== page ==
The war lasted 23 years, the longest war in Romano-Greek history and the greatest naval war of the ancient world. In its aftermath Carthage attempted to avoid paying in full the foreign troops who had fought its war. Eventually they rebelled and were joined by many disgruntled local groups. They were put down with great difficulty and considerable savagery. In 237 BCE Carthage prepared an expedition to recover the island of Sardinia, which had been lost to the rebels. Cynically, the Romans stated they considered this an act of war. Their peace terms were the ceding of Sardinia and Corsica and the payment of an additional 1,200-talent indemnity. Weakened by 30 years of war, Carthage agreed rather than enter into a conflict with Rome again; the additional payment and the renunciation of Sardinia and Corsica were added to the treaty as a codicil. These actions by Rome fuelled resentment in Carthage, which was not reconciled to Rome's perception of its situation, and are considered contributory factors in the outbreak of the Second Punic War.
The leading role of Hamilcar Barca in the defeat of the mutinous foreign troops and African rebels greatly enhanced the prestige and power of the Barcid family. In 237 BCE Hamilcar led many of his veterans on an expedition to expand Carthaginian holdings in southern Iberia (modern Spain). Over the following 20 years this was to become a semi-autonomous Barcid fiefdom and the source of much of the silver used to pay the large indemnity owed to Rome.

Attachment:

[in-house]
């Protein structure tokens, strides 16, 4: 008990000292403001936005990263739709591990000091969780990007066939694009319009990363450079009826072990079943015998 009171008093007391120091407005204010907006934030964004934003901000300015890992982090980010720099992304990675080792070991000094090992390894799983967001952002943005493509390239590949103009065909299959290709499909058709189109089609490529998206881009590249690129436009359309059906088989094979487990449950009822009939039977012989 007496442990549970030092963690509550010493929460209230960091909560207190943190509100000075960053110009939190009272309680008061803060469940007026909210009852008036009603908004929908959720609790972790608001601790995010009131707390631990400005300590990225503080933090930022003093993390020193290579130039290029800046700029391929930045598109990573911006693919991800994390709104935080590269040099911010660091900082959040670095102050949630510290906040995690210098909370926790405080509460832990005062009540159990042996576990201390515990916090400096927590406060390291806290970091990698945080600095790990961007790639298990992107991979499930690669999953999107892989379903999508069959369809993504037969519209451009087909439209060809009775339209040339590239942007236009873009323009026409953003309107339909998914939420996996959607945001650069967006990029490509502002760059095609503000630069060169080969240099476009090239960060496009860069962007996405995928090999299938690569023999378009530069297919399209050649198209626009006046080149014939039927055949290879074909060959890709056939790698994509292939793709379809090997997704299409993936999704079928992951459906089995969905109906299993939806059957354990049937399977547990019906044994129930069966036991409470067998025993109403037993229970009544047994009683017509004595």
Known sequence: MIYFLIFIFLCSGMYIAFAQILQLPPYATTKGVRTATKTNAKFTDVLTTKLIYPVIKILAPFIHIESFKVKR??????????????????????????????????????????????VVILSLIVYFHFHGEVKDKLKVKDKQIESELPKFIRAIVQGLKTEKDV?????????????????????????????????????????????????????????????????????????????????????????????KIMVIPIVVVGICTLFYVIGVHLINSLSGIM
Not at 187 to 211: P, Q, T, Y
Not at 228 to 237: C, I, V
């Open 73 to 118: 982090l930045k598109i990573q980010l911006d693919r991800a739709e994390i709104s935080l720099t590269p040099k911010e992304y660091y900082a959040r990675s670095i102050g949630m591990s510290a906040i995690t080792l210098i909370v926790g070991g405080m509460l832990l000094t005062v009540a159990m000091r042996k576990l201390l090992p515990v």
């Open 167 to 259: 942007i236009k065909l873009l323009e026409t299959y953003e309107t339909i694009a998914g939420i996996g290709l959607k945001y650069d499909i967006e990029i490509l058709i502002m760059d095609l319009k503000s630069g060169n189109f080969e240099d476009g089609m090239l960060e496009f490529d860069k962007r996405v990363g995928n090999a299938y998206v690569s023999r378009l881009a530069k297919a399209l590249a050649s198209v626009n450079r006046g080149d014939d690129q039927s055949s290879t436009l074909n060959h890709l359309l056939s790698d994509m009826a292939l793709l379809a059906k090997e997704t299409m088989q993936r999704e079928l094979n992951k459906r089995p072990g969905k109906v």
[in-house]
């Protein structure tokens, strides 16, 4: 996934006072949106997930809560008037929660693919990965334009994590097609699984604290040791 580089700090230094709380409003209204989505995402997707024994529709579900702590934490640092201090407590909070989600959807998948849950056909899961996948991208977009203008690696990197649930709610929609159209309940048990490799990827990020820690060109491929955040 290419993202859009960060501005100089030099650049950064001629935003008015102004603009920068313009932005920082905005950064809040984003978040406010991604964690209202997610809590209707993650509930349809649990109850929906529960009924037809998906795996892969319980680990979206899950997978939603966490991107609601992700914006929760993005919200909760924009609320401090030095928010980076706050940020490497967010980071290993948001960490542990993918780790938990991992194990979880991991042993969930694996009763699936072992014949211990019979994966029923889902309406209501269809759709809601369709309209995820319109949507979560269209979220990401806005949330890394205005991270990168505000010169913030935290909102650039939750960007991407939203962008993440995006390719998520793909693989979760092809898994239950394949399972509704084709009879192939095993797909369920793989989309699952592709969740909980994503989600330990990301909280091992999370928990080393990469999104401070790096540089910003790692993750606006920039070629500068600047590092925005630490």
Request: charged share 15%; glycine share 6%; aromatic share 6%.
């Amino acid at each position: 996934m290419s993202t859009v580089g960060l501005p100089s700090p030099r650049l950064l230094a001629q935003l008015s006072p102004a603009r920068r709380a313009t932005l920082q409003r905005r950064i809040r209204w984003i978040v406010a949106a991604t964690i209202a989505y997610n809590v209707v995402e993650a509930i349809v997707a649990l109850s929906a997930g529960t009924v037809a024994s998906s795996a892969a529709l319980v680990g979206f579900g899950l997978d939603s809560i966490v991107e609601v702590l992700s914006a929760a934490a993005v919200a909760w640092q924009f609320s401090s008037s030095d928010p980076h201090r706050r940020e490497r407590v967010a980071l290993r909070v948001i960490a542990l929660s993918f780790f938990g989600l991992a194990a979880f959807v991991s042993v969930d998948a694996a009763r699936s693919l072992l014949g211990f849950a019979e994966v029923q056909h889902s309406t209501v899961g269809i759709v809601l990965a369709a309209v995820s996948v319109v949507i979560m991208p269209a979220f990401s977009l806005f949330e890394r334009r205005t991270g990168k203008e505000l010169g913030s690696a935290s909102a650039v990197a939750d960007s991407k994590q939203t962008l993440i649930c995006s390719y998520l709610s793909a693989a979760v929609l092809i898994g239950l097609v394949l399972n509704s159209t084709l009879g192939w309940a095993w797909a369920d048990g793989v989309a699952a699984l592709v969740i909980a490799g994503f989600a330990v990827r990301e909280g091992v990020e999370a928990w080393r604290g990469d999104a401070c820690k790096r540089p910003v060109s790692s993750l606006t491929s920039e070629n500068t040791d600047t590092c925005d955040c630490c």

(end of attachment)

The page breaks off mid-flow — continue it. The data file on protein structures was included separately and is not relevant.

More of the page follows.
For Rome, the end of the First Punic War marked the start of its expansion beyond the Italian Peninsula. Sicily became the first Roman province as Sicilia, governed by a former praetor. Sicily would become important to Rome as a source of grain.ardinia and Corsica, combined, also became a Roman province and a source of grain, under a praetor, although a strong military presence was required for at least the next seven years, as the Romans struggled to suppress the local inhabitants. Syracuse was granted nominal independence and ally status for the lifetime of Hiero II. Henceforth Rome was the leading military power in the western Mediterranean, and increasingly the Mediterranean region as a whole. The Romans had built more than 1,000 galleys during the war, and this experience of building, manning, training, supplying and maintaining such numbers of ships laid the foundation for Rome's maritime dominance for 600 years. The question of which state was to control the western Mediterranean remained open, and when Carthage besieged the Roman-protected town of Saguntum in eastern Iberia in 218 BCE it ignited the Second Punic War with Rome.